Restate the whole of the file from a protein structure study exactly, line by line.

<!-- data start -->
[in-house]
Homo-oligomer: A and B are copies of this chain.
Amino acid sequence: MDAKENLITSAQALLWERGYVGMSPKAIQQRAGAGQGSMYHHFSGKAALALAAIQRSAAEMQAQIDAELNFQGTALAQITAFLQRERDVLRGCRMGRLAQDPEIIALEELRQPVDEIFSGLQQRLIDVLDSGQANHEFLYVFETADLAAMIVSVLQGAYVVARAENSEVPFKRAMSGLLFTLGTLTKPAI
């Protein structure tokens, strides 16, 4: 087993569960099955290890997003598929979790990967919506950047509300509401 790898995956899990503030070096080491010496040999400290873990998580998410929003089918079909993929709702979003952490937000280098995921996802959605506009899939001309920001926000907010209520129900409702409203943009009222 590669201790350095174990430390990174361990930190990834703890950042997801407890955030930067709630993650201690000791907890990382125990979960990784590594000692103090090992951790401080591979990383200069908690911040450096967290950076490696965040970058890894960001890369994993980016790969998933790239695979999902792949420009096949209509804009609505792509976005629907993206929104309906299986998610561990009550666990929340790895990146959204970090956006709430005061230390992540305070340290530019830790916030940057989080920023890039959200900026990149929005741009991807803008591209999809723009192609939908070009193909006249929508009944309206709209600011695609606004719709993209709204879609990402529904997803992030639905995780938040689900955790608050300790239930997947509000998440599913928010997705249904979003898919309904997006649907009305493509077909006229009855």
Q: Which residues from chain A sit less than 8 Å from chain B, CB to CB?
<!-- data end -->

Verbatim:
[in-house]
Homo-oligomer: A and B are copies of this chain.
Amino acid sequence: MDAKENLITSAQALLWERGYVGMSPKAIQQRAGAGQGSMYHHFSGKAALALAAIQRSAAEMQAQIDAELNFQGTALAQITAFLQRERDVLRGCRMGRLAQDPEIIALEELRQPVDEIFSGLQQRLIDVLDSGQANHEFLYVFETADLAAMIVSVLQGAYVVARAENSEVPFKRAMSGLLFTLGTLTKPAI
């Protein structure tokens, strides 16, 4: 087993569960099955290890997003598929979790990967919506950047509300509401 790898995956899990503030070096080491010496040999400290873990998580998410929003089918079909993929709702979003952490937000280098995921996802959605506009899939001309920001926000907010209520129900409702409203943009009222 590669201790350095174990430390990174361990930190990834703890950042997801407890955030930067709630993650201690000791907890990382125990979960990784590594000692103090090992951790401080591979990383200069908690911040450096967290950076490696965040970058890894960001890369994993980016790969998933790239695979999902792949420009096949209509804009609505792509976005629907993206929104309906299986998610561990009550666990929340790895990146959204970090956006709430005061230390992540305070340290530019830790916030940057989080920023890039959200900026990149929005741009991807803008591209999809723009192609939908070009193909006249929508009944309206709209600011695609606004719709993209709204879609990402529904997803992030639905995780938040689900955790608050300790239930997947509000998440599913928010997705249904979003898919309904997006649907009305493509077909006229009855």
Q: Which residues from chain A sit less than 8 Å from chain B, CB to CB?